Colonizing the aged body and the organization of later life

Paula Hyde, Diane Burns, John Hassard, Anne Killett

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19 Citations (Scopus)
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Based on fieldwork in residential homes, arrangements for the care of older people are examined with reference, primarily, to Deetz’ (1992) theory of ‘corporate colonization’. Extending this theory, it is argued that grouping such people in care homes can result in a form of social segregation, one that reflects the management of the aged body in relation to normative constructions of dependence. Focusing on the experiences of residents, the everyday effects of narratives of decline on disciplining the lives of older people are assessed, with this analysis taking recourse to the work of Foucault (1979). The result is the identification of three related concepts at work in the colonizing process of the aged body: (i) appropriation of the body – the physical and social practices involved in placing older people in care homes; (ii) separation from previous identities – how a range of new subjectivities are produced in the process of becoming a ‘resident’; and (iii) contesting colonized identities – the ways in which residents can attempt to challenge normative concepts of managed physical and mental decline. Overall the disciplining of the body is theorized not only as an adjunct to the notion of corporate colonization but also, more generally, as a prominent and powerful organizing principle of later life.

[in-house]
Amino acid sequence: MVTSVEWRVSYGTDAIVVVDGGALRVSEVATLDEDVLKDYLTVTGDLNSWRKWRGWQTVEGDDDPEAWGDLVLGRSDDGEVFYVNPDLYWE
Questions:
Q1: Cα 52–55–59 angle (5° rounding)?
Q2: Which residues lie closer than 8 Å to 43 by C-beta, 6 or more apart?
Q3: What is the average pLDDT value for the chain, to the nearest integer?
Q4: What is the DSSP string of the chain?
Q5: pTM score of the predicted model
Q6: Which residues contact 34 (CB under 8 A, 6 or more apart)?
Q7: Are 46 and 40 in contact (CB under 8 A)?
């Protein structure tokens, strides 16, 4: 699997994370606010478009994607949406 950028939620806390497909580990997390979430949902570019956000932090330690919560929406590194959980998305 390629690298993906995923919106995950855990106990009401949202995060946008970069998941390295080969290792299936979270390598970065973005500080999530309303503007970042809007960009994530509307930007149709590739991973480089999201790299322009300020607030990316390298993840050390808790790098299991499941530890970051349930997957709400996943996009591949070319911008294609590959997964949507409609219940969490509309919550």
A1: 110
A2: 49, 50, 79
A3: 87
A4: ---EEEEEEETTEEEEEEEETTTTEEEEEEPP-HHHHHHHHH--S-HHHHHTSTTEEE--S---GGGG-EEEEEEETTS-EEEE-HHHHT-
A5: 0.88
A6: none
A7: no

Original languageEnglish
Pages (from-to)1699-1717
Number of pages19
JournalOrganization Studies
Issue number11
Publication statusPublished - Nov 2014


  • Age and ageing
  • corporate colonization
  • disciplinary power
  • organization theory
  • residential care

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